Catching tuna with swimbait lures (TUNABITES)
This is a writeup I provide to customers who purchase my swimbaits. I hope it is useful! - Mark
Tips for fishing with Tunabites
I. Putting the swimbait on the jighead
First of all you want to match up the jighead size with the swimbait size. The small & medium sized lures are often best for casting / drifting for tuna. These small swimbaits match up best with a ¾ ounce or 1 ounce jighead. The larger size swimbait (used for trolling, and sometimes casting) match up best with a 1 ½ to 2 ½ ounce jighead.
Get yourself some super-glue in the gel variety. The hook goes up through the flat side of the swimbait, not the curved belly. Line up the jighead to see where the hook should come out. You can scratch the back with the hook to make an indicator spot to guide you. Put just a few drops of super glue on the flat part of the jighead (where the head of the swimbait will butt up against it). Do not over-do it with the glue! Just a few drops to anchor the swimbait.
It is most critical for trolling to get the swimbait on perfectly; less critical for casting.
II. Tieing on the jighead
A. For trolling, use the 2 and 2 ½ oz jigheads, and at least 30 lb line (preferably 40). You can tie the jighead directly to the 40 lb test. Sometimes I use a torpedo / mooching sinker…so I tie the 3 or 4 ounce sinker on my line, then add 4 to 5 feet of leader (this is where a 40 or 50 lb fluorocarbon leader is a good idea). Then tie on the jighead.
B. For casting I tie on the light jighead directly onto my 20 or 25 lb test. If I start getting “chewed” off (like when the fish are all 25 – 35 lbs), then I will tie on a very small swivel onto my 20 / 25 lb line, then add about 15 to 20 inches of 40 or 50 lb fluorocarbon leader, then tie on the jighead.
III. Chasing jumping tuna – When we are “sight” fishing (chasing jumpers) we zoom up to the school, then slow down and quietly sneak up, and put the boat in neutral. If the fish are still boiling like crazy, they usually inhale the lure as soon as it hits the water. Other times, the fish go down right when you get to them. In this case, they might still hit the lure within a few seconds. Other times (more often), you have to let the lure sink. So I keep it in free spool for a good 5 seconds after the cast, and let it sink 20 feet or so before putting the reel in gear. Then I reel in the slack, and feel the line / lure as it sinks. Take a few cranks to give it some action....pause....a few more cranks, and so on. Sometimes the hit is obvious; other times it is a very subtle take….a little hesitation…a very slight pull. When this happens, I reel like crazy….6 or 8 turns of the handle, to get the line tight, at the same time lowering the rod tip….also known as “reeling down to the fish.” This is the same way you bobber fish for salmon in the river. Use the reel to set the hook initially, then raise the rod up. Don’t rear back wildly, just pull back enough to sink the hook in and load up the rod.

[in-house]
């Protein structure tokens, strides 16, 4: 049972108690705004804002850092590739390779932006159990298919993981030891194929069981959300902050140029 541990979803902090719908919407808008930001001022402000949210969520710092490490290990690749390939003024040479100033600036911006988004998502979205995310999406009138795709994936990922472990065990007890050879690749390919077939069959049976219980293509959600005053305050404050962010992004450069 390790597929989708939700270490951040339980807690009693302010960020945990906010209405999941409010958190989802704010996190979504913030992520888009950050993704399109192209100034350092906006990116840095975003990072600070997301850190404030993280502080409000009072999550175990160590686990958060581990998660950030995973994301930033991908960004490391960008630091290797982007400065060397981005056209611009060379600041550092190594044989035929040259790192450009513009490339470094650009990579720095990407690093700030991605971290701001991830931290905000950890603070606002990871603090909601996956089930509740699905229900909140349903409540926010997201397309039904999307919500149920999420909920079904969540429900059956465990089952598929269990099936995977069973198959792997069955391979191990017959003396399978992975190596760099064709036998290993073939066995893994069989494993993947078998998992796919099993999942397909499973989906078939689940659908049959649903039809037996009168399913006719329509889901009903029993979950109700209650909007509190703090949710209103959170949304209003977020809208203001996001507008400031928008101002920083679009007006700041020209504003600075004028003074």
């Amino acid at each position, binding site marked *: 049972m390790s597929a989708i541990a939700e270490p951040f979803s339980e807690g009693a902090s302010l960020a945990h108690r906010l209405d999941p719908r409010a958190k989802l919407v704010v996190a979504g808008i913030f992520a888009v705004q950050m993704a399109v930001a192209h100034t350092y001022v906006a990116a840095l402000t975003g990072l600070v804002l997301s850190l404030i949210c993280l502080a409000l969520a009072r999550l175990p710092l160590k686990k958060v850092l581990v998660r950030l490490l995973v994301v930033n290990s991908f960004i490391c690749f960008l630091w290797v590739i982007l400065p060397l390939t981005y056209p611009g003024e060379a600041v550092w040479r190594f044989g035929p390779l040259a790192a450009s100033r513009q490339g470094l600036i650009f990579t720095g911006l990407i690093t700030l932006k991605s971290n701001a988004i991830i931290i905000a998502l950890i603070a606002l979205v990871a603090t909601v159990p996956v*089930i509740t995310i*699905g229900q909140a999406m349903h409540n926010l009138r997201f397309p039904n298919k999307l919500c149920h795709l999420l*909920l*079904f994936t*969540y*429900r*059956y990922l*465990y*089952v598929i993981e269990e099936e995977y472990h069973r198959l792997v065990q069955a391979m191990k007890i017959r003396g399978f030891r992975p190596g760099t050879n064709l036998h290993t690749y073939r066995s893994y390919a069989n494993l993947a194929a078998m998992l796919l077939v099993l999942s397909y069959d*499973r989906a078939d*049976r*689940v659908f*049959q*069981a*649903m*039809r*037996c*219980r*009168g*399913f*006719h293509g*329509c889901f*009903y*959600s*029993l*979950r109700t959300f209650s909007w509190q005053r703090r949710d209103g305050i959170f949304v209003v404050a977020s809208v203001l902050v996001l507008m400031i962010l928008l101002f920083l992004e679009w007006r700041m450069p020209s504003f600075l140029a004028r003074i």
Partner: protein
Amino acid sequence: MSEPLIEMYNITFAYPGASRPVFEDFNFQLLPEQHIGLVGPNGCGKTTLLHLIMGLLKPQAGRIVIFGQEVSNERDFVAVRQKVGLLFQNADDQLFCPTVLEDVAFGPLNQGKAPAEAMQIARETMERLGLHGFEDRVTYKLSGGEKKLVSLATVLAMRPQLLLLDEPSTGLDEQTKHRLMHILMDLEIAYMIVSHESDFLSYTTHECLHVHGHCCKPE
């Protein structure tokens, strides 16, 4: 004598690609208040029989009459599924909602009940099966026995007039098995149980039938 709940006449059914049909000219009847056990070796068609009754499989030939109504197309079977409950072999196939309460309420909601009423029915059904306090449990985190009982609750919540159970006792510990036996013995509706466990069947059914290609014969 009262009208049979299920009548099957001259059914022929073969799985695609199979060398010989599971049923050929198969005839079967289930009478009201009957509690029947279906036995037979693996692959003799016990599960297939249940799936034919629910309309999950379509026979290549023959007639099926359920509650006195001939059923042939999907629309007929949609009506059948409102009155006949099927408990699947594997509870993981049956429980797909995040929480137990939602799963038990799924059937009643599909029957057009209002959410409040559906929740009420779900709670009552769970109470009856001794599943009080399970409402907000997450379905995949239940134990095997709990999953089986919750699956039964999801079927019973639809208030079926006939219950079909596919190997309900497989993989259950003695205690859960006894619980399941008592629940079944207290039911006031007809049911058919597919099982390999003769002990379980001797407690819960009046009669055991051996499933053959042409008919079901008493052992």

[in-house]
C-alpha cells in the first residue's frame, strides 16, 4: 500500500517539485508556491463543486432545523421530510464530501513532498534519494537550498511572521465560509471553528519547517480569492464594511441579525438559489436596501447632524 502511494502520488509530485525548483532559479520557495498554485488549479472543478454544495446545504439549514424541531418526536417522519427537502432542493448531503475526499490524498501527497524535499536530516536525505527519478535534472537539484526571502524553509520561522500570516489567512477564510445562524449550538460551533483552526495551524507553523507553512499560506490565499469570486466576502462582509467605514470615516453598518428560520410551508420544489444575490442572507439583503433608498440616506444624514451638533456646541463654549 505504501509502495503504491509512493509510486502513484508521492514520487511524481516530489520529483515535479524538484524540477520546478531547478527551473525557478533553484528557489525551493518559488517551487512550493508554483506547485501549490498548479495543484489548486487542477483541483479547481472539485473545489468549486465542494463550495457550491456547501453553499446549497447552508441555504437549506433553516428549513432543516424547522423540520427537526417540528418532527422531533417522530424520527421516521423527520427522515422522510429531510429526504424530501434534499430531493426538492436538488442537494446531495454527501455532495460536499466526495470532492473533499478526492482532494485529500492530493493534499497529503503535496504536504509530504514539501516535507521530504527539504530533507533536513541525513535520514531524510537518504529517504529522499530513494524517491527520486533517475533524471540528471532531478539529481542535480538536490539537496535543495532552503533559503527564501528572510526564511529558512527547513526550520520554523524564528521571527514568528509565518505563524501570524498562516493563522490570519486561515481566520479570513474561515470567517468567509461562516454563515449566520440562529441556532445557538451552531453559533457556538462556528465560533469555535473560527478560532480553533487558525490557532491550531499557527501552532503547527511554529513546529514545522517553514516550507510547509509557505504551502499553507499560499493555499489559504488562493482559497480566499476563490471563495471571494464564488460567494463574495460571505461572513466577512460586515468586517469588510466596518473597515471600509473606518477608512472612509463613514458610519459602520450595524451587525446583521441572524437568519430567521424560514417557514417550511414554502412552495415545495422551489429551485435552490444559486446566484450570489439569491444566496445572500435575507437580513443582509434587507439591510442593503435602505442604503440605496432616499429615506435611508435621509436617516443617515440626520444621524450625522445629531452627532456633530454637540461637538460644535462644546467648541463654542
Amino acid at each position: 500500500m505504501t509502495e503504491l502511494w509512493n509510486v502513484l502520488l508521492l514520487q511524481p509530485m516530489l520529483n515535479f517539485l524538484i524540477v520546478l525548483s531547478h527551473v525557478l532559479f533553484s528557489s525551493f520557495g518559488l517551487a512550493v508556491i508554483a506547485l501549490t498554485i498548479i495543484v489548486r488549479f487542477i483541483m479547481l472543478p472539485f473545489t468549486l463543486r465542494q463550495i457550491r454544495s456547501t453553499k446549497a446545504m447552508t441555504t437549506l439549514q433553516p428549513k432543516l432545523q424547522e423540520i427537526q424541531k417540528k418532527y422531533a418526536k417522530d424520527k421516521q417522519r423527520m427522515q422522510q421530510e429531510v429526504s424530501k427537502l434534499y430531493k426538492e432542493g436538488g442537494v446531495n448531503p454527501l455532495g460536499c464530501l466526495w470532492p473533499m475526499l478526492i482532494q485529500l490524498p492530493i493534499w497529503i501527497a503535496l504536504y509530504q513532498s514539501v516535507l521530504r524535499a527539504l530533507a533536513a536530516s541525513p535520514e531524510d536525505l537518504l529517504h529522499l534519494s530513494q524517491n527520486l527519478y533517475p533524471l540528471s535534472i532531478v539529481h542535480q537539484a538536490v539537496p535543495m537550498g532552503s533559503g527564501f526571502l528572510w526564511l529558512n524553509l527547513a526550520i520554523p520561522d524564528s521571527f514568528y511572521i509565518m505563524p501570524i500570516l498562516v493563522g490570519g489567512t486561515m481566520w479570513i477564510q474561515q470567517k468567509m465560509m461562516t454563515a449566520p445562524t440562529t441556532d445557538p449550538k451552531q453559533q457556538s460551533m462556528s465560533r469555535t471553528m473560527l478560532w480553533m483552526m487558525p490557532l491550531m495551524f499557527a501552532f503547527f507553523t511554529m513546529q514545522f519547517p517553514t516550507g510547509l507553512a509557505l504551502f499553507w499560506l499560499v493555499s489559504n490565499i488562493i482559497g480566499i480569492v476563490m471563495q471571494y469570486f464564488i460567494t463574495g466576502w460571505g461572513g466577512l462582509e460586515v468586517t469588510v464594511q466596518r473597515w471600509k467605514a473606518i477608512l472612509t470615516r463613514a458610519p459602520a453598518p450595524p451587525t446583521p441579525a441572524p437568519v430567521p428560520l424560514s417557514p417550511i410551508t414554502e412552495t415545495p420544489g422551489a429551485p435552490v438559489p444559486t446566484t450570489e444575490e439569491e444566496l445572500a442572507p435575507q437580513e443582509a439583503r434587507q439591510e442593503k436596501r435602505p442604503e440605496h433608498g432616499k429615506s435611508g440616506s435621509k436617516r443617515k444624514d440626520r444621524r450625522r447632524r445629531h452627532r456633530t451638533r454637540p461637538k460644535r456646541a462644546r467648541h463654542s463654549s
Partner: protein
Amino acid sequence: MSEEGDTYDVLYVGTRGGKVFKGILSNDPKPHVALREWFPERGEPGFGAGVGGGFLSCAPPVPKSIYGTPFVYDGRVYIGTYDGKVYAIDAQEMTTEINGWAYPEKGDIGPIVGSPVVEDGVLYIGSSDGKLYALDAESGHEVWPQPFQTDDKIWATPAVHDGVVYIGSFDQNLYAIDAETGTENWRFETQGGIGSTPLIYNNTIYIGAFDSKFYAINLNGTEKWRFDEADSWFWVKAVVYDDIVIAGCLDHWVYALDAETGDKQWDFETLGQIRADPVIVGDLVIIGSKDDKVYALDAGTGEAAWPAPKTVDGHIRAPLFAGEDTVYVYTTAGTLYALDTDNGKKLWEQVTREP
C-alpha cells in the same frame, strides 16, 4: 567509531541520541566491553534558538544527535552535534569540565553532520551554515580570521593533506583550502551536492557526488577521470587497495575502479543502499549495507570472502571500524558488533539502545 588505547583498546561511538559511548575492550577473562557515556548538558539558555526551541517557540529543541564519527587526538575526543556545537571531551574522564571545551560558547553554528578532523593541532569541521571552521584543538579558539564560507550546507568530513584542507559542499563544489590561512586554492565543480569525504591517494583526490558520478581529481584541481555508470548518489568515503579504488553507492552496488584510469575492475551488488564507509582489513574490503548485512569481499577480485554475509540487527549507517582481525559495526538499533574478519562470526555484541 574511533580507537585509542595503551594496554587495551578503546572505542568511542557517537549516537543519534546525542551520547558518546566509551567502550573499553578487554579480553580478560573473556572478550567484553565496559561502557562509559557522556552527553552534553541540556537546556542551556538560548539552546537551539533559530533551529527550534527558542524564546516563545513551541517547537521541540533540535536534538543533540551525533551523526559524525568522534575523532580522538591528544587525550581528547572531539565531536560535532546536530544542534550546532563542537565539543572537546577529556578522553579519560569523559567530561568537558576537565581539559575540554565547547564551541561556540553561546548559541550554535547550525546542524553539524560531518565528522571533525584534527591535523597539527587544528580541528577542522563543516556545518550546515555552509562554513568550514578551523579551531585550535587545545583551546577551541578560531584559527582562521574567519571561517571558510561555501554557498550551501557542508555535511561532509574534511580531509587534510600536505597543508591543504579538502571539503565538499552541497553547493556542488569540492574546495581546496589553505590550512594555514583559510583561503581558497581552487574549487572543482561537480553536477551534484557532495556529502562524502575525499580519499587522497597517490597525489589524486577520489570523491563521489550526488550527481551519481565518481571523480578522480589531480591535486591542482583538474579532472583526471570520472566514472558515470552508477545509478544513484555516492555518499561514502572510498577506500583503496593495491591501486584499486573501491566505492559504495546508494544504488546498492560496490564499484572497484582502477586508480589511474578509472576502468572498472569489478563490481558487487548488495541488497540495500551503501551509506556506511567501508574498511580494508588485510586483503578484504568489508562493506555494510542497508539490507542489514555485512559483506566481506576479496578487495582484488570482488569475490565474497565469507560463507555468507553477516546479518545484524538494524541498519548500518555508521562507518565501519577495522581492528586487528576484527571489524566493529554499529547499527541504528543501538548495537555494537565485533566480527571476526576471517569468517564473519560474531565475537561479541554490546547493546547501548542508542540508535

IV. Sometimes you do all this (cast to jumpers, let it sink…) and they still won’t bite. That’s when I do my slow-trolling with swimbaits. Rig up several rods with 2 or 2.5 ounce jigheads. Also rig up 2 rods with torpedo sinkers in front of the jigheads (as described above). The rods with only the jighead are fished off the stern; the rods with the extra sinker are fished in front of the others (towards the bow, like off the side). So you see the jumpers 1/8 of a mile away. You zoom towards them at 15 knots. When you get about 100 – 150 yards away you slow down to about 10 knots. Now you let out your lines……get them way back (~ 200 feet). The reason you let them out while still going 10 knots is so that the lines will deploy very quickly (less than 10 seconds). Now the lines are back where you want them, and you have arrived at where you see (saw?) the jumpers, so you pull the throttle back all the way, and go as slow as you possibly can while still in gear….like salmon trolling speed. Now those jigheads will sink…sink…sink…but you are slow trolling. The fish will often just climb on…every hook…in this situation.
I hope this helps! Please let me know if you have any questions.
Well the danger on the rocks is surely past
Still I remain tied to the mast
Could it be that I have found my home at last
Home at last
Pro staffer for generic aspirin